Deserves a look.
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Format: Paperback
This book contains three stories that revolve around romance and Ecstasy among other things.
Lorraine Goes to Livingston is the first story. It was titled a "Rave and Regency" romance. Famed regency romance novel writer Rebecca Navarro (who writes stories such as Lucy Goes to Liverpool and Yasmin Goes to Yeovil) has a stroke, which jolts her out of her dreamworld. When she actually takes a look at reality, she realizes that her husband is a prick who's using her for her money, and he uses her money for all forms of debauchery. She, along with the help of a nurse -- Lorraine, plan revenge on her dear husband.
This was my favorite story in the whole book. The next two stories are powerful, especially the one following this one, but this one held the most value to me. When you first meet Rebecca, you don't really like her much, but you feel empathy for her. And Lorraine is one of those characters that you can relate to. She's a single woman who has questions about her sexuality and wishes that everyone would stop trying to force love down her throat. Then, of course with this being your typical Irvine story, you have drug abuse, raves, and some bizarre sex practices (bestiality and necrophilia for this particular story).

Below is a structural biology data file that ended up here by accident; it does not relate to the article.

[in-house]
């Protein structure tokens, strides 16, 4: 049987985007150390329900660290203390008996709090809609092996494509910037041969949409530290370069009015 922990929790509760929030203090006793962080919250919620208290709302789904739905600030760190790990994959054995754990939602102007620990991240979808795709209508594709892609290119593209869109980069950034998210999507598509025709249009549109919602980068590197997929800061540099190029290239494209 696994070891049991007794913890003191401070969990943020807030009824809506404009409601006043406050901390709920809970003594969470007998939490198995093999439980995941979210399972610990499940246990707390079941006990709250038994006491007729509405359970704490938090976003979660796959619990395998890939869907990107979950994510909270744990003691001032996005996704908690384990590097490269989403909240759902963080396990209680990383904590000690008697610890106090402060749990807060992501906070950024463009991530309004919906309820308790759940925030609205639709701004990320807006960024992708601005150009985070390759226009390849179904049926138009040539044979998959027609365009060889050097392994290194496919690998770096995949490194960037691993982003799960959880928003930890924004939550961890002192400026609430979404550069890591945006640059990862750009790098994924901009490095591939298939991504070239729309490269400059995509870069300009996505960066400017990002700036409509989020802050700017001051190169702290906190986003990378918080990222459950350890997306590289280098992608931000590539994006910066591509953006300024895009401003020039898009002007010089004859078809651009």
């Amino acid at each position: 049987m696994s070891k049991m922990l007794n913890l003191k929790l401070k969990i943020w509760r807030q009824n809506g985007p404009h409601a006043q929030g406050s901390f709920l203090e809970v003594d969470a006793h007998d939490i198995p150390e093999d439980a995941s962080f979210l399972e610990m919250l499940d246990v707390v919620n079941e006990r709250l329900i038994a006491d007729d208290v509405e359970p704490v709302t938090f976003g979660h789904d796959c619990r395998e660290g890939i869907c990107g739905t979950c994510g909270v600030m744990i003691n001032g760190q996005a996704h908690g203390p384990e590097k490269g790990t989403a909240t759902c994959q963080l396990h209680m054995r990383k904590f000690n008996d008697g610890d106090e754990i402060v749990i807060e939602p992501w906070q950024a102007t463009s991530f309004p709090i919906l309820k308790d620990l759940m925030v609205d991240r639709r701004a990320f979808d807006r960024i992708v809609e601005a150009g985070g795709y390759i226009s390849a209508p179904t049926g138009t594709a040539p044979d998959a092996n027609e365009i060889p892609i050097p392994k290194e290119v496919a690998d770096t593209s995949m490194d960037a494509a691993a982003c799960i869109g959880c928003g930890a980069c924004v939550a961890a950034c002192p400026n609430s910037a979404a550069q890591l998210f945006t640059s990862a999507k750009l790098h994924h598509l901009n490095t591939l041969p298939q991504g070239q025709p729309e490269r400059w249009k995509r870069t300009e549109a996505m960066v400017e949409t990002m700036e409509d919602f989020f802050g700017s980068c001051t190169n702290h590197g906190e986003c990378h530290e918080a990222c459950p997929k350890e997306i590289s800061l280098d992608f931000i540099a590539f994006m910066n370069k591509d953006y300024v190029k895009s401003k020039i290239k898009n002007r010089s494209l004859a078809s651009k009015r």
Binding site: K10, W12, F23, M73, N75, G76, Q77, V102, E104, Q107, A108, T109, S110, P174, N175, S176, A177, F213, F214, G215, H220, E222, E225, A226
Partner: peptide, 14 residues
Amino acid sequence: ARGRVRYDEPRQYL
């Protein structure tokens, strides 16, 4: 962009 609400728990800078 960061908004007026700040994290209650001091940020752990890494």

Fortune's Always Hiding is the second story and is subtitled "A Corporate Drug Romance". The story revolves around a woman, who was the unfortunate victim of a drug marketed in the 60's, and a man, who's obsessed with soccer (or fitba, as they commonly say ;Þ). The woman is hell-bent on revenge and the man is in love and would do anything for her.
Another powerful story revolving around revenge, but this time it's against a big corporation who refuses to take responsibility for destroying people's lives.
Read more ›
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Format: Paperback Verified Purchase
Irvine Welsh rapidly became one of my all time favorite authors and had to read all of his works. I usually score Irvine with five stars but I just did not like this collection of short stories as much as I like some of his novels. But still a mediocre Welsh is better than most any other author on the planet.
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Format: Paperback
when people speak of shock writers Welsh is brought up for good reson... his stories are like seeing a car accident... you don't want to look but something tell you that you must... his stories twist and turn, and so do the characters, through hospitals, clubs and the streets of England. Americans be warned this is a book sometimes hard to follow because of the diction... but as in all of his work, Welsh will leave you speechless in the end.